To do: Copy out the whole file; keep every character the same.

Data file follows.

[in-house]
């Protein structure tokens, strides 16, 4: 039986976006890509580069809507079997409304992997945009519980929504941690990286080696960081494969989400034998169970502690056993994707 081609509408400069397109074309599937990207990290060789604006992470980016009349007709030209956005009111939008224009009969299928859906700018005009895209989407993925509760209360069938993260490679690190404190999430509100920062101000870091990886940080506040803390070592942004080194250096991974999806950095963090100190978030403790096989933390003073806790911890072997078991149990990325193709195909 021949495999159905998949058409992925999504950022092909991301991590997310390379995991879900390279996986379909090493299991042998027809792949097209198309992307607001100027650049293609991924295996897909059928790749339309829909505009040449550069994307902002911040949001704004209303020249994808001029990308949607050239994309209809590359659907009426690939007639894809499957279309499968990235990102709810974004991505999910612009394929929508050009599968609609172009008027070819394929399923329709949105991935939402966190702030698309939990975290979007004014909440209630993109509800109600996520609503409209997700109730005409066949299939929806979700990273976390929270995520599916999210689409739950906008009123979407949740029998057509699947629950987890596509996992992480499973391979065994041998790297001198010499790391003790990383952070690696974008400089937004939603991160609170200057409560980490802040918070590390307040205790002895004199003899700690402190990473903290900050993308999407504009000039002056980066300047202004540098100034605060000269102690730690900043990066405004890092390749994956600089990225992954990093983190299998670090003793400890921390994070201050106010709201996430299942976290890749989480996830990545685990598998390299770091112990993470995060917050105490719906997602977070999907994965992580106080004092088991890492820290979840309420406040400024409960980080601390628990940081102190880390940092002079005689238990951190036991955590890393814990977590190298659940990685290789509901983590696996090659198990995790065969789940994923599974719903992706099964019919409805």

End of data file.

[in-house]
């Protein structure tokens, strides 16, 4: 039986976006890509580069809507079997409304992997945009519980929504941690990286080696960081494969989400034998169970502690056993994707 081609509408400069397109074309599937990207990290060789604006992470980016009349007709030209956005009111939008224009009969299928859906700018005009895209989407993925509760209360069938993260490679690190404190999430509100920062101000870091990886940080506040803390070592942004080194250096991974999806950095963090100190978030403790096989933390003073806790911890072997078991149990990325193709195909 021949495999159905998949058409992925999504950022092909991301991590997310390379995991879900390279996986379909090493299991042998027809792949097209198309992307607001100027650049293609991924295996897909059928790749339309829909505009040449550069994307902002911040949001704004209303020249994808001029990308949607050239994309209809590359659907009426690939007639894809499957279309499968990235990102709810974004991505999910612009394929929508050009599968609609172009008027070819394929399923329709949105991935939402966190702030698309939990975290979007004014909440209630993109509800109600996520609503409209997700109730005409066949299939929806979700990273976390929270995520599916999210689409739950906008009123979407949740029998057509699947629950987890596509996992992480499973391979065994041998790297001198010499790391003790990383952070690696974008400089937004939603991160609170200057409560980490802040918070590390307040205790002895004199003899700690402190990473903290900050993308999407504009000039002056980066300047202004540098100034605060000269102690730690900043990066405004890092390749994956600089990225992954990093983190299998670090003793400890921390994070201050106010709201996430299942976290890749989480996830990545685990598998390299770091112990993470995060917050105490719906997602977070999907994965992580106080004092088991890492820290979840309420406040400024409960980080601390628990940081102190880390940092002079005689238990951190036991955590890393814990977590190298659940990685290789509901983590696996090659198990995790065969789940994923599974719903992706099964019919409805």